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Eleven ways to get your resume past a recruiter in Asia

Get set for her questions

Get set for her questions

Recruiters in Singapore and Hong Kong are spending much of their time fielding enquiries from candidates in the US, Europe and Australia.

But many such job seekers are rejected after just one phone call, email or glance at a CV. Employers in Asia are prioritising local hiring ahead of relocating foreigners, especially junior ones.

If you’re about to contact a recruiter in Asia, here’s how to get them to take your application forward.

1) Reach out to recruiters in this order

Candidates should contact recruiter by phone, then send an introductory email with resume attached, said James McEwin, consulting director of recruitment company Kelly Services in Singapore. “Keep your introduction short, outlining the reasons why you are considering relocating, your target industries and roles, and what your timelines are,” he added.

2) Say you’ll take a trip

Make it clear to recruiters that you will also visit Asia soon and want to meet them. “So many people are looking for jobs in Hong Kong that we can only focus on the ones that can actually see us in person,” said Damian Babis, director of search firm Capital People in Hong Kong. “This means organising your own flights and accommodation and spending a week or two seeing recruiters and potential employers.”

3) Don’t oversell yourself

Desperate candidates often clog their CVs with almost every task they’ve ever done in the hope that some of this experience will be wanted in Asia. “Play to your strengths instead,” said Sharmini Thomas, regional director for recruitment agency Michael Page in Hong Kong. “Don’t try to sell your skills as too broad. Articulate what your main offering to the job market is – your industry specialisation.”

4) Don’t mention your own money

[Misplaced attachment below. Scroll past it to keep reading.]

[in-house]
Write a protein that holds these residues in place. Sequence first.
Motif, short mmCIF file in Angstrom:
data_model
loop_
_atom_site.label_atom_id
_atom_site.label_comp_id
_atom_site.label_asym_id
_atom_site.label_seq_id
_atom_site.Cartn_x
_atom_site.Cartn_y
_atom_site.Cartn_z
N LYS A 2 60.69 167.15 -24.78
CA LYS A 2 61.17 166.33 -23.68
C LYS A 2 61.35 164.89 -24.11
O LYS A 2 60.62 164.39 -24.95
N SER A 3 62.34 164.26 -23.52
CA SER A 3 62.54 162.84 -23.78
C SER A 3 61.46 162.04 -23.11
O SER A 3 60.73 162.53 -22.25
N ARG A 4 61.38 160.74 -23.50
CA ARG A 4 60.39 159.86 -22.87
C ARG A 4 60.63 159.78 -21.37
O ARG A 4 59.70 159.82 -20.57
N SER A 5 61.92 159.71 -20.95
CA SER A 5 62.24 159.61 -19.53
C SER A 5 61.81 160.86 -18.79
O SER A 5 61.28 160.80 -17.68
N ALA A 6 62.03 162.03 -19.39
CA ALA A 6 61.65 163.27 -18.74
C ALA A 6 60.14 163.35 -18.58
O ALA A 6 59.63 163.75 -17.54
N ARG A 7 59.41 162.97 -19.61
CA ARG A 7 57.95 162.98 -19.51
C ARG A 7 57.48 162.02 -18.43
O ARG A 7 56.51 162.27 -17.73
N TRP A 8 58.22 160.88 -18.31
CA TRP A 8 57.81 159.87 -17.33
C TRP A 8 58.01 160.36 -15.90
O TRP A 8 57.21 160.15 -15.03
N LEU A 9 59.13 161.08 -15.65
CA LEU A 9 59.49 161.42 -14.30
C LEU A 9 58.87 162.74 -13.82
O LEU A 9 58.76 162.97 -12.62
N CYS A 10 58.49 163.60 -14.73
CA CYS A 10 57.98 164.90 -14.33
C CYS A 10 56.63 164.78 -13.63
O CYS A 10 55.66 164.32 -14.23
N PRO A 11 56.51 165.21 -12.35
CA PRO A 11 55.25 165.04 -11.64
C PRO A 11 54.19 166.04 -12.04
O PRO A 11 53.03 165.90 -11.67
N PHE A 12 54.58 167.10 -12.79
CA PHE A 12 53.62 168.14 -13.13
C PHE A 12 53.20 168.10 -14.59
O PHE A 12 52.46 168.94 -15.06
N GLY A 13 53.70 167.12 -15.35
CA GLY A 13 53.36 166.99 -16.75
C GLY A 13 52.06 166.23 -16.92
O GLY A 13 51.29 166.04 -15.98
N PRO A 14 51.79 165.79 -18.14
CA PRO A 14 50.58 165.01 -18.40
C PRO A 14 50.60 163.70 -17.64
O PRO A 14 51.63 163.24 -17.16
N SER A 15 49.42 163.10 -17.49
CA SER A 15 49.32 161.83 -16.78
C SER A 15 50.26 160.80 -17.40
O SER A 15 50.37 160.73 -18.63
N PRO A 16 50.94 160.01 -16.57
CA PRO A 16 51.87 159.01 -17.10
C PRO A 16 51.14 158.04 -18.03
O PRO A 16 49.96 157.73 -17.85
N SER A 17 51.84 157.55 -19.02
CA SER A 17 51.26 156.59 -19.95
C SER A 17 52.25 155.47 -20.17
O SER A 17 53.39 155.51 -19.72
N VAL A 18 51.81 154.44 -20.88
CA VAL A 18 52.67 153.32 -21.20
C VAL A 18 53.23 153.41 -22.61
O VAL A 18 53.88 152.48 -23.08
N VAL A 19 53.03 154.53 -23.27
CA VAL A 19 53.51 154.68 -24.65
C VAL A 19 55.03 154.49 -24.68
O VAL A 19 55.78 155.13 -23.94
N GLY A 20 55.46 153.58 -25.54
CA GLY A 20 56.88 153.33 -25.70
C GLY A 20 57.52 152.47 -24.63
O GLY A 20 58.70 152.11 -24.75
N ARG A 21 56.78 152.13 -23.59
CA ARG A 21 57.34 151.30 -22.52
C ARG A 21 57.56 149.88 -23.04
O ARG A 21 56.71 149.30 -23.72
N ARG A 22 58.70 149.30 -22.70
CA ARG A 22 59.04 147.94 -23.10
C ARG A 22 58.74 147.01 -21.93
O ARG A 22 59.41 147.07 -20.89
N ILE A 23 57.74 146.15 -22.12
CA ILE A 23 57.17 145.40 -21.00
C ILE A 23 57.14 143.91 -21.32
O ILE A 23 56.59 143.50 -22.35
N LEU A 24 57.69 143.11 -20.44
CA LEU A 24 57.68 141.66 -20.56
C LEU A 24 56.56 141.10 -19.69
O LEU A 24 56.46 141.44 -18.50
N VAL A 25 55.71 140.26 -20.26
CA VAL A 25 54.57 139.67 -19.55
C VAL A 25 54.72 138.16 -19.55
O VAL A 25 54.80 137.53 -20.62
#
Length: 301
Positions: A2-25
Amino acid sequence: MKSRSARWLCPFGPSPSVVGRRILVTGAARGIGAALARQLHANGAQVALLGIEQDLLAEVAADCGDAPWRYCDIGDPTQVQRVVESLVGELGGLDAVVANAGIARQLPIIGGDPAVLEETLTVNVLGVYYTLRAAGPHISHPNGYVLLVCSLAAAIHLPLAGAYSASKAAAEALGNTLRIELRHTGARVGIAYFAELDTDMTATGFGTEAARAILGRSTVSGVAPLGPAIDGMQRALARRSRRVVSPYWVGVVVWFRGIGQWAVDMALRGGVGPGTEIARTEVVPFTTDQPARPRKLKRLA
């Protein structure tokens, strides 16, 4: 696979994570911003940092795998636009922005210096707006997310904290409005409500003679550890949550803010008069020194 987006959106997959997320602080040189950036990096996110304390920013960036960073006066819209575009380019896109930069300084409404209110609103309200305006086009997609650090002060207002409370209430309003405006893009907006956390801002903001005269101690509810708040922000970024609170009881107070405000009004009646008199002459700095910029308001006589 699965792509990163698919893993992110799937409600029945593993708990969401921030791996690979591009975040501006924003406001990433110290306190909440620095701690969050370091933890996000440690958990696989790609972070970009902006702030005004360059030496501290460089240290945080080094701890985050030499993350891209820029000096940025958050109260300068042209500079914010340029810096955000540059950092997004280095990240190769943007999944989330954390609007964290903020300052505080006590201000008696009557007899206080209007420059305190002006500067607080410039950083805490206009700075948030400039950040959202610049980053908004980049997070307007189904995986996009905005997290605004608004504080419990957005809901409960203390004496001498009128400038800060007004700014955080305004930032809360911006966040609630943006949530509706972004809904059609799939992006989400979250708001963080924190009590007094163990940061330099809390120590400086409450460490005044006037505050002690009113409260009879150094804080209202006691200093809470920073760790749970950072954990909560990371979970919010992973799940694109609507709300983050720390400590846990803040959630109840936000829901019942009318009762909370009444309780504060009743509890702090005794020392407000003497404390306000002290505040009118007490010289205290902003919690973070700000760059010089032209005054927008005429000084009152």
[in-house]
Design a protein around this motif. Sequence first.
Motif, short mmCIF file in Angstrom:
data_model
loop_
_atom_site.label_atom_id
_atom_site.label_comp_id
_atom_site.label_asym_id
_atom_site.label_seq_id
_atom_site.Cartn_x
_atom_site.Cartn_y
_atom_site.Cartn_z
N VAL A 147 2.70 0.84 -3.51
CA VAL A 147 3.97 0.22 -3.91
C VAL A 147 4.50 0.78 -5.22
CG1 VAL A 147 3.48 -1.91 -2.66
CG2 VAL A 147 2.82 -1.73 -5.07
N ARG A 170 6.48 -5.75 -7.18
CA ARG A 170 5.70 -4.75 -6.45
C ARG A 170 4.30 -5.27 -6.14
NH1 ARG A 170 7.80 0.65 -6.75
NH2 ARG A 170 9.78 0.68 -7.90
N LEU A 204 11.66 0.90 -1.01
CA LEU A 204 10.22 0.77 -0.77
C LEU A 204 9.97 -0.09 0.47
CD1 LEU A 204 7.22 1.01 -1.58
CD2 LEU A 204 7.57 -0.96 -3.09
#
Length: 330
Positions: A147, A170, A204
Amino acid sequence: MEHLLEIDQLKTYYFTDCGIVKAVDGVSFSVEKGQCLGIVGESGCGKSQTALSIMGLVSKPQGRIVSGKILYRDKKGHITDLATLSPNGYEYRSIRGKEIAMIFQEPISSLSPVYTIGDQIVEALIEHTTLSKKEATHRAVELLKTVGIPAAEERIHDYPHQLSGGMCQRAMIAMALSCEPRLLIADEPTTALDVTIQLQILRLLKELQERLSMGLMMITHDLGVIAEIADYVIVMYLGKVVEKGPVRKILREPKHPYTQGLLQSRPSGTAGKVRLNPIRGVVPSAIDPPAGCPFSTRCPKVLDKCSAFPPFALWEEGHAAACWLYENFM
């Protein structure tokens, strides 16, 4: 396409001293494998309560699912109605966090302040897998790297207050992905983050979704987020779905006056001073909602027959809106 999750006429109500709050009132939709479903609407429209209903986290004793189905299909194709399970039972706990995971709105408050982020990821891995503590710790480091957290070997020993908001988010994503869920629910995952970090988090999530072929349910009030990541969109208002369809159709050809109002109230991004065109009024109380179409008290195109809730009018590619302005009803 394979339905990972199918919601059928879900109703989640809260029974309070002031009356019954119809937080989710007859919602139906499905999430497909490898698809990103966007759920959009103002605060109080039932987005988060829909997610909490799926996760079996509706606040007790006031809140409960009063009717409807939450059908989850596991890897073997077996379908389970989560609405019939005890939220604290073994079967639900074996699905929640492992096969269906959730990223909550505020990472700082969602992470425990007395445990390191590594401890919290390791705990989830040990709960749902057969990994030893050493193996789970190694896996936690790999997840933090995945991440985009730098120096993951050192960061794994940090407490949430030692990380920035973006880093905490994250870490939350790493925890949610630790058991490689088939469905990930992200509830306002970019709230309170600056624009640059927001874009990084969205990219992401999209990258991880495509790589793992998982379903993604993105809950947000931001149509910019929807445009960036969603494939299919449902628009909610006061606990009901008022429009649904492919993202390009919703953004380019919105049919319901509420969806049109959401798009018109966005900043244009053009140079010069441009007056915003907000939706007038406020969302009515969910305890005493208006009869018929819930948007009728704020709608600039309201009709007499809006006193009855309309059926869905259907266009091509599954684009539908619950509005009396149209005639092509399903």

Recruiters aren’t keen on candidates who talk tough about their pay and benefit expectations from the outset. “Gone are the days where lucrative salary packages are offered to expatriates,” said Marc Burrage, regional director of recruiters Hays in Hong Kong. “Housing allowances are extremely rare these days and candidates need to re-evaluate their salary expectations to be more in line with the local market.”

5) Do mention the bank’s money

Most banks in Asia are equally as cost conscious as their counterparts in the West, so keep this in mind when you promote yourself to recruiters. “Mention how you’ve affected the bottom line in your jobs by either generating revenue or saving costs,” said James Incles, managing director of Hong Kong headhunters ESG Search. “These are the two most important facets that firms in Asia are looking for in the current economic climate.”

6) Research the cost of living

Don’t derail your application by giving ignorant answers to basic questions. “Living in Asia is expensive, so one of my first questions is what research they have done on the cost of living here – what their family circumstances are and whether they have budgeted for these costs,” said Ben Batten, country general manager of recruitment agency Volt in Singapore.

7) Set specific Asian objectives

When telling recruiters why you want to work in Asia, remember to link your objectives to your job function. Rafael Brana, an associate at search firm Bo Le Associates in Hong Kong, gave the following example from an M&A banker’s CV: “Focus on cross border M&A, helping Asian corporates acquire Western assets.”

8) Shout about any Asian experience

You may not have lived in Asia before, but you may have made business trips to the region or managed teams based there. If so, let recruiters know about it as soon as possible. “Any previous experience in Asia will always position you positively against other candidates as the inference is that you have already gone through a transition of adapting to a different business culture,” said Thomas from Michael Page.

9) Don’t attempt a career change